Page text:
Moscow court says the city can keep its new, massive facial recognition camera program
A Moscow court has ruled in favor of keeping the city's 105,000 facial recognition security cameras operational after the program was challenged by privacy activists.
Lawyer Alena Popova and Vladimir Milov, a member of Russia's Solidarnost party, filed a case to ban the technology at protests and mass events in January.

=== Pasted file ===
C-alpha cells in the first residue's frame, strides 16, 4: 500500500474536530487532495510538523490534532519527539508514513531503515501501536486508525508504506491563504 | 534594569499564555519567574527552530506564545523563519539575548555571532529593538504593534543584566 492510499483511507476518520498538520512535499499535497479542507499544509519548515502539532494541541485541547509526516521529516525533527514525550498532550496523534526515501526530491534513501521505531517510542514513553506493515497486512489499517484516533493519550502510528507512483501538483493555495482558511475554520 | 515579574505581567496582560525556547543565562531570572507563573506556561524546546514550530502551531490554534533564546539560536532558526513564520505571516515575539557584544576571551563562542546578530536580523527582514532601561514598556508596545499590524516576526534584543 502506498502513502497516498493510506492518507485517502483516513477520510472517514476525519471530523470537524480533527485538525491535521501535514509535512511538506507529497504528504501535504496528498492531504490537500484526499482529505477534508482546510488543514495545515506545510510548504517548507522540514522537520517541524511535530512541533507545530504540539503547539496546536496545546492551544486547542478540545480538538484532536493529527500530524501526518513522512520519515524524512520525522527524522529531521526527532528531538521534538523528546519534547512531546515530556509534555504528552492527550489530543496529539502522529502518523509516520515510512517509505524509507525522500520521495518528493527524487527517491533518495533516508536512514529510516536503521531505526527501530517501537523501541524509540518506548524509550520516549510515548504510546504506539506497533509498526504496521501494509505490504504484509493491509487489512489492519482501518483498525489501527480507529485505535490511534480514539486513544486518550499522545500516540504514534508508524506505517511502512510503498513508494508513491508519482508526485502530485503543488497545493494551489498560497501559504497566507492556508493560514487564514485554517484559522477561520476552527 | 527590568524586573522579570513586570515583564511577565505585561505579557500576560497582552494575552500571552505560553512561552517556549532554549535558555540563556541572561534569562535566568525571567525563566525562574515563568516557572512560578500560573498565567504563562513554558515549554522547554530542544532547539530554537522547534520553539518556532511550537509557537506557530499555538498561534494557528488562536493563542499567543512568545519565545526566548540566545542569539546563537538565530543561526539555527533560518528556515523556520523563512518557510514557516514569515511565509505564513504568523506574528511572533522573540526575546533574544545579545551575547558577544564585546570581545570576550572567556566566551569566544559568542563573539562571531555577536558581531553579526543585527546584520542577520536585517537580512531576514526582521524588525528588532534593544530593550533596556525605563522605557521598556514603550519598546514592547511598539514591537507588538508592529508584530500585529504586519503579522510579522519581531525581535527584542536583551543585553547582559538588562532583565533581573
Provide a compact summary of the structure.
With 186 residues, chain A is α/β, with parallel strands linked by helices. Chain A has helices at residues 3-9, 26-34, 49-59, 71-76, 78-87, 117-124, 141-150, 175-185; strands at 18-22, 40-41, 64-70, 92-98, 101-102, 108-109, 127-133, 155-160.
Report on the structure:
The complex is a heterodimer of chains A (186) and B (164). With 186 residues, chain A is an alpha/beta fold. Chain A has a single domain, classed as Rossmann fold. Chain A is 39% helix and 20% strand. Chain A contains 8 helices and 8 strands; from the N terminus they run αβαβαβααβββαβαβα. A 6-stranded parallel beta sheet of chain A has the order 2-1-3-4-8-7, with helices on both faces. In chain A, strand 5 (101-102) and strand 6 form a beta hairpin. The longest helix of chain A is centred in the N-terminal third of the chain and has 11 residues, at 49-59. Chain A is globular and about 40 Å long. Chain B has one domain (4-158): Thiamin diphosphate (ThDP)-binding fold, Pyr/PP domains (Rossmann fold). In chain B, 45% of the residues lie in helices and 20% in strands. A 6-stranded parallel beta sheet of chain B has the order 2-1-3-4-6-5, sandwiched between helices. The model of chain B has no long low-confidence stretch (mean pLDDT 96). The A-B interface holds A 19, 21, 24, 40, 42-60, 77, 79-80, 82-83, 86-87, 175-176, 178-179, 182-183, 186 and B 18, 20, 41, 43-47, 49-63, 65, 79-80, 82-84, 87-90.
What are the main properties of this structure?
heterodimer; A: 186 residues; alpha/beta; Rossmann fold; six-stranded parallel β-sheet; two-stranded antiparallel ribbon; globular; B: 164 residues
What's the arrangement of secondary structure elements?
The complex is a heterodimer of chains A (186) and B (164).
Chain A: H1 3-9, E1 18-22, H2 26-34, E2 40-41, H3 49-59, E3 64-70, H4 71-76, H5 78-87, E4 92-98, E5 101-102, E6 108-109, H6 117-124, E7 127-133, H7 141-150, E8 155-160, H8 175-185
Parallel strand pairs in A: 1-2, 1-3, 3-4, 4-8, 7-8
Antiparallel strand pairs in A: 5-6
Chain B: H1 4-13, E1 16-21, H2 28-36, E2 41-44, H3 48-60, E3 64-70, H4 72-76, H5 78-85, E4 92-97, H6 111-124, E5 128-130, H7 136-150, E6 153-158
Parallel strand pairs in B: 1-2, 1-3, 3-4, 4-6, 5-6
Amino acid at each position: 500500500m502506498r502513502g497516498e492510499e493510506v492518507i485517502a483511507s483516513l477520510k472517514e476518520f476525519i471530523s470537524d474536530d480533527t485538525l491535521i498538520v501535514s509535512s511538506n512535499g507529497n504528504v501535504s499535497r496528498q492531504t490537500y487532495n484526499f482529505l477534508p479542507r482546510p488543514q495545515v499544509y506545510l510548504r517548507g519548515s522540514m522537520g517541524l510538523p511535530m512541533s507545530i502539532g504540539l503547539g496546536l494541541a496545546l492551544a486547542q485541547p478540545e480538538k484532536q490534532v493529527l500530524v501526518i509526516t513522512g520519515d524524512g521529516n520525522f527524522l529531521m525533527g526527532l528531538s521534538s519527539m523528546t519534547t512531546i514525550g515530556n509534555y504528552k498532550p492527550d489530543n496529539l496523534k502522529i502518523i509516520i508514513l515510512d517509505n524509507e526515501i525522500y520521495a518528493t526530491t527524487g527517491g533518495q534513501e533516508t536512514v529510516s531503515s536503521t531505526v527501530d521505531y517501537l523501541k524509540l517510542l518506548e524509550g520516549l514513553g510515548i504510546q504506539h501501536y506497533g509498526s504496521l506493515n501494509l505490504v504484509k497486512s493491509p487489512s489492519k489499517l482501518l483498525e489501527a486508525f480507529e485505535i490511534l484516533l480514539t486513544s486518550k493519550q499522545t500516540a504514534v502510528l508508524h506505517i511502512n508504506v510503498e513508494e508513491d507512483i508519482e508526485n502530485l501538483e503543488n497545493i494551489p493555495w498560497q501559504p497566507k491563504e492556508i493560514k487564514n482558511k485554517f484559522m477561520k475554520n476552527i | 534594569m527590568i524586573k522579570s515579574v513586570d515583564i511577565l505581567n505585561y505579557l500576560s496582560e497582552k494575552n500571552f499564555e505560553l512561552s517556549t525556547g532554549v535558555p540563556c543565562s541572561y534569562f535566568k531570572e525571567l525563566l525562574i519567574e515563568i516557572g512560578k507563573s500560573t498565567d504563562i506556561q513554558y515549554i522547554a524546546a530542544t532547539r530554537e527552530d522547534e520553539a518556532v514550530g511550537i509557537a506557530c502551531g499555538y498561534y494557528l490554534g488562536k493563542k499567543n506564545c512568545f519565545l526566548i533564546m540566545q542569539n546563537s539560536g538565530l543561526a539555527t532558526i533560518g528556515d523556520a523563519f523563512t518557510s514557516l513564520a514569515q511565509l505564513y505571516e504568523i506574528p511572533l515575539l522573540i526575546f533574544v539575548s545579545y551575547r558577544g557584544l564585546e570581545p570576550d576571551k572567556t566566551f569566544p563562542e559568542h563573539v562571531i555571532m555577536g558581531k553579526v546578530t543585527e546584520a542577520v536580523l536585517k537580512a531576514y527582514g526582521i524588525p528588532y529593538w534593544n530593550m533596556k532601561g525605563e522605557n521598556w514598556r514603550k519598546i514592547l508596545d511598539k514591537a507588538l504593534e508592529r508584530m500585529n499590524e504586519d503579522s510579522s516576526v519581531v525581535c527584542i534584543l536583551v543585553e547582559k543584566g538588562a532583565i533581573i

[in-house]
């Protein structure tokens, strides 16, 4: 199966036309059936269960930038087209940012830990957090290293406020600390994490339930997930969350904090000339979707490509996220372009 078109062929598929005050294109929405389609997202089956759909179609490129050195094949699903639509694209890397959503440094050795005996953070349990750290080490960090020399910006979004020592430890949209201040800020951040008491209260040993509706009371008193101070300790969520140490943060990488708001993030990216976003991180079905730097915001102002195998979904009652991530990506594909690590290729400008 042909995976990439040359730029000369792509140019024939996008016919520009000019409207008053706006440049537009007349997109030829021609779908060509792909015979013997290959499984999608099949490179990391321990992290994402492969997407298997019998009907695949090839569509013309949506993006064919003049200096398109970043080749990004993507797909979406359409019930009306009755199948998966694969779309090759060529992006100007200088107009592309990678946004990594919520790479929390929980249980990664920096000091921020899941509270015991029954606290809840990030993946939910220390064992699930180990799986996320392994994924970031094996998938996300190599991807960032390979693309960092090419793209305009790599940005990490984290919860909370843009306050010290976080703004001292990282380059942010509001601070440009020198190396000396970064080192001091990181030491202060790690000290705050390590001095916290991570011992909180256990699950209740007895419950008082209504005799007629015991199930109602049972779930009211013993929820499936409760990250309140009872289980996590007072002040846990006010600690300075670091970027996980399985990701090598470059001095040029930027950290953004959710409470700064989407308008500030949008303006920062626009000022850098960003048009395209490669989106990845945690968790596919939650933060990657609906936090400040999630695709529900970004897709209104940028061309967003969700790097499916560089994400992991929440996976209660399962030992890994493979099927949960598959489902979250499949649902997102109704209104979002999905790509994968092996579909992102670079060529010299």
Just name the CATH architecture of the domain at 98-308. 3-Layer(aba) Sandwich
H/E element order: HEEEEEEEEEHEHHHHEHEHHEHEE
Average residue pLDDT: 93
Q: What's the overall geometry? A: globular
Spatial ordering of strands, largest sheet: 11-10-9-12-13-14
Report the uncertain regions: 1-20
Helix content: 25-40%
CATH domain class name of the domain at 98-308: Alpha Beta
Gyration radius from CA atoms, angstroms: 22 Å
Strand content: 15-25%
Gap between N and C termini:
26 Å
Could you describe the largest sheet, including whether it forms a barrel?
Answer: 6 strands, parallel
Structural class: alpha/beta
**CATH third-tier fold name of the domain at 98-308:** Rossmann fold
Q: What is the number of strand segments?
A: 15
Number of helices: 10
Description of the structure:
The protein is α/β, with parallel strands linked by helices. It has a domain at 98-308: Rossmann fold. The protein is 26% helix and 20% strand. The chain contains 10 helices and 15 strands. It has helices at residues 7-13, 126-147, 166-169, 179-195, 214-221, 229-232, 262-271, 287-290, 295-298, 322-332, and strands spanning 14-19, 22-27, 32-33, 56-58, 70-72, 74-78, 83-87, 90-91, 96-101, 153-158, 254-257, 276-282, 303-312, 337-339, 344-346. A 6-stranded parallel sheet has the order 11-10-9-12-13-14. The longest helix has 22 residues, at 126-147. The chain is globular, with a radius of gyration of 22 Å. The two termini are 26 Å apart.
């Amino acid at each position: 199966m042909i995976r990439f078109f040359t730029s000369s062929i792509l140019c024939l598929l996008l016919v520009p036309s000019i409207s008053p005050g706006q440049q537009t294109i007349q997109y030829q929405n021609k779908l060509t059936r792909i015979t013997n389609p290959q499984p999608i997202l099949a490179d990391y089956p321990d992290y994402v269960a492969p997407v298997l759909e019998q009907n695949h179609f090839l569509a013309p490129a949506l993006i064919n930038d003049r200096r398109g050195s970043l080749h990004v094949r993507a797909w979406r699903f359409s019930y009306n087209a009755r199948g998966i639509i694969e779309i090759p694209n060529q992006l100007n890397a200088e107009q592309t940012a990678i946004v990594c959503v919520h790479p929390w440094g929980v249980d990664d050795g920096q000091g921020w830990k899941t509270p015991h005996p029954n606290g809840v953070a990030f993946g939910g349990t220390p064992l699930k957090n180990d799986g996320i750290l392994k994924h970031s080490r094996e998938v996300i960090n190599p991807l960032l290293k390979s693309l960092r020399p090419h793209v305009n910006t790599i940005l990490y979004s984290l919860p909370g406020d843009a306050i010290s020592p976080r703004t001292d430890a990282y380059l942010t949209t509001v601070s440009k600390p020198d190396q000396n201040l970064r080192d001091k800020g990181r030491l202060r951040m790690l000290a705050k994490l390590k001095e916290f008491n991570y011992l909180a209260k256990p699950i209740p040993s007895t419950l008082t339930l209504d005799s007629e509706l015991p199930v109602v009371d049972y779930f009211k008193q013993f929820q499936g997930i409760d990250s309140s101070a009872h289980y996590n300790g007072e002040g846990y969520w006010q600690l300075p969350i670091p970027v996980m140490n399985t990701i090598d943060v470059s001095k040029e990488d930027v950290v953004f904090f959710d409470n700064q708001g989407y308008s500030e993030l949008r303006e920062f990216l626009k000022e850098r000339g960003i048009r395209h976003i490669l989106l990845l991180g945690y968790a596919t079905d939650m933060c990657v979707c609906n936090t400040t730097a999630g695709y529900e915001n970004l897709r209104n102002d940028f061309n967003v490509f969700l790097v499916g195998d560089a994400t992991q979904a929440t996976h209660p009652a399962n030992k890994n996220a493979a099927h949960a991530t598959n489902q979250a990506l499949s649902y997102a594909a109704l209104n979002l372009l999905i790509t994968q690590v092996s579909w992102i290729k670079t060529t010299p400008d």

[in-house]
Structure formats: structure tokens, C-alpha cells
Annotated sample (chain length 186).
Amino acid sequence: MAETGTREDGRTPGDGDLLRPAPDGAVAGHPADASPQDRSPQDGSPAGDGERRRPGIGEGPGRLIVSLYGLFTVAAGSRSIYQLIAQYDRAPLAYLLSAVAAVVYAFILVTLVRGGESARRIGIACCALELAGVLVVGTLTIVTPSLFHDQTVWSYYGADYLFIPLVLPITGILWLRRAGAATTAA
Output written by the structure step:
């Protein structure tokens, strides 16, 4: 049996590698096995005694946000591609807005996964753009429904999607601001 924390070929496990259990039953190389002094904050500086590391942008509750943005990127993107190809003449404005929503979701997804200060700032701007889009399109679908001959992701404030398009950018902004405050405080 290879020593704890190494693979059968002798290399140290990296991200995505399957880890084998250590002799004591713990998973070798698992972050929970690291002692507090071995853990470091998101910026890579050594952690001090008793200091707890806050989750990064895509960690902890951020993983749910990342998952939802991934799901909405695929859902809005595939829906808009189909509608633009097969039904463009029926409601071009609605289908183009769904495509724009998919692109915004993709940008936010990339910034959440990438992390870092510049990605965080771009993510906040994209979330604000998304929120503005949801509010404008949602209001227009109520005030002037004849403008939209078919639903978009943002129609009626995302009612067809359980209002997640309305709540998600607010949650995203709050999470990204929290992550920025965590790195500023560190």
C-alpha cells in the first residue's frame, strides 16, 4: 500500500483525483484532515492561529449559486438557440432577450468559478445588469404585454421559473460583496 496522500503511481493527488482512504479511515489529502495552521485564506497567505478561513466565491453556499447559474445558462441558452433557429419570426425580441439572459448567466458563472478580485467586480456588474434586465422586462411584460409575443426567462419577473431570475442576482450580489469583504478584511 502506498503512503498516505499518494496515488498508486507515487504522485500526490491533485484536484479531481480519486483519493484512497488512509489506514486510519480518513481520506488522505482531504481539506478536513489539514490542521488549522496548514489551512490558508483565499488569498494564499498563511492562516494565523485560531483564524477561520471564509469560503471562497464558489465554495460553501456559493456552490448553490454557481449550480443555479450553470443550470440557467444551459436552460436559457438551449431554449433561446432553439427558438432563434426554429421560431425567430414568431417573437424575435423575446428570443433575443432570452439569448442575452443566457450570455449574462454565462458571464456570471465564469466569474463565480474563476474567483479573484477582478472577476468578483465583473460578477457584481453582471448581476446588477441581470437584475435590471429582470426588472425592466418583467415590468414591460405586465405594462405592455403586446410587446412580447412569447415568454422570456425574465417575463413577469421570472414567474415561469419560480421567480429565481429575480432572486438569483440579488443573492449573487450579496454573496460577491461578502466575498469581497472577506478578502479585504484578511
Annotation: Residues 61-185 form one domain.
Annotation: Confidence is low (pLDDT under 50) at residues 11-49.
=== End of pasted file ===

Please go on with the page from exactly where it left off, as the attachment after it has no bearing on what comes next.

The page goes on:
Moscow's facial recognition program was completed in December, 2019 and cost over $50 million. It was largely built by NtechLab, the company behind FindFace, an infamous 2016 app that allowed users to find strangers' VK profiles using just their photo. VK is Russia's equivalent to Facebook.
NtechLab closed FindFace in 2018 to focus on government contracts. CEO Alexander Minin told The Verge that Moscow police will be able to use FindFace technology in tandem with security cameras to track wanted people.
"We believe that the Moscow face recognition system is the largest in the world," he wrote.